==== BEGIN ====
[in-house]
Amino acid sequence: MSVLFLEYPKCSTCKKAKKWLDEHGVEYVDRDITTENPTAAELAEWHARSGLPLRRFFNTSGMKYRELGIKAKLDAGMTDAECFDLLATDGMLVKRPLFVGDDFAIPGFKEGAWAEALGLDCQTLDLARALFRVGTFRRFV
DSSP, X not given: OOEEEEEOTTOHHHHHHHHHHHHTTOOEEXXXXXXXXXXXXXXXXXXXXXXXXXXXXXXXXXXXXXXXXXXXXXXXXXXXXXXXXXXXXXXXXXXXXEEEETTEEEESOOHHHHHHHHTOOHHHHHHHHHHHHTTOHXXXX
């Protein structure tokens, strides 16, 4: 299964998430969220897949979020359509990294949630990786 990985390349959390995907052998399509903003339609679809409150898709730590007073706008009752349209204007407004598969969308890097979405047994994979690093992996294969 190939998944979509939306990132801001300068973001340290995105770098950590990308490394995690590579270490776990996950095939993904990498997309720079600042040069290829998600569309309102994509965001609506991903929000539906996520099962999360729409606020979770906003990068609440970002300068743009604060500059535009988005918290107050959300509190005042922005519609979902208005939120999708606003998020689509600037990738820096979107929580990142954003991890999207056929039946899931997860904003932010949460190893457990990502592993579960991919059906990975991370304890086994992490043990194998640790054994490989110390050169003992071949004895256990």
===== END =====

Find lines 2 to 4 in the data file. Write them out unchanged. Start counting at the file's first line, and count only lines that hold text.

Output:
Amino acid sequence: MSVLFLEYPKCSTCKKAKKWLDEHGVEYVDRDITTENPTAAELAEWHARSGLPLRRFFNTSGMKYRELGIKAKLDAGMTDAECFDLLATDGMLVKRPLFVGDDFAIPGFKEGAWAEALGLDCQTLDLARALFRVGTFRRFV
DSSP, X not given: OOEEEEEOTTOHHHHHHHHHHHHTTOOEEXXXXXXXXXXXXXXXXXXXXXXXXXXXXXXXXXXXXXXXXXXXXXXXXXXXXXXXXXXXXXXXXXXXXEEEETTEEEESOOHHHHHHHHTOOHHHHHHHHHHHHTTOHXXXX
């Protein structure tokens, strides 16, 4: 299964998430969220897949979020359509990294949630990786 990985390349959390995907052998399509903003339609679809409150898709730590007073706008009752349209204007407004598969969308890097979405047994994979690093992996294969 190939998944979509939306990132801001300068973001340290995105770098950590990308490394995690590579270490776990996950095939993904990498997309720079600042040069290829998600569309309102994509965001609506991903929000539906996520099962999360729409606020979770906003990068609440970002300068743009604060500059535009988005918290107050959300509190005042922005519609979902208005939120999708606003998020689509600037990738820096979107929580990142954003991890999207056929039946899931997860904003932010949460190893457990990502592993579960991919059906990975991370304890086994992490043990194998640790054994490989110390050169003992071949004895256990």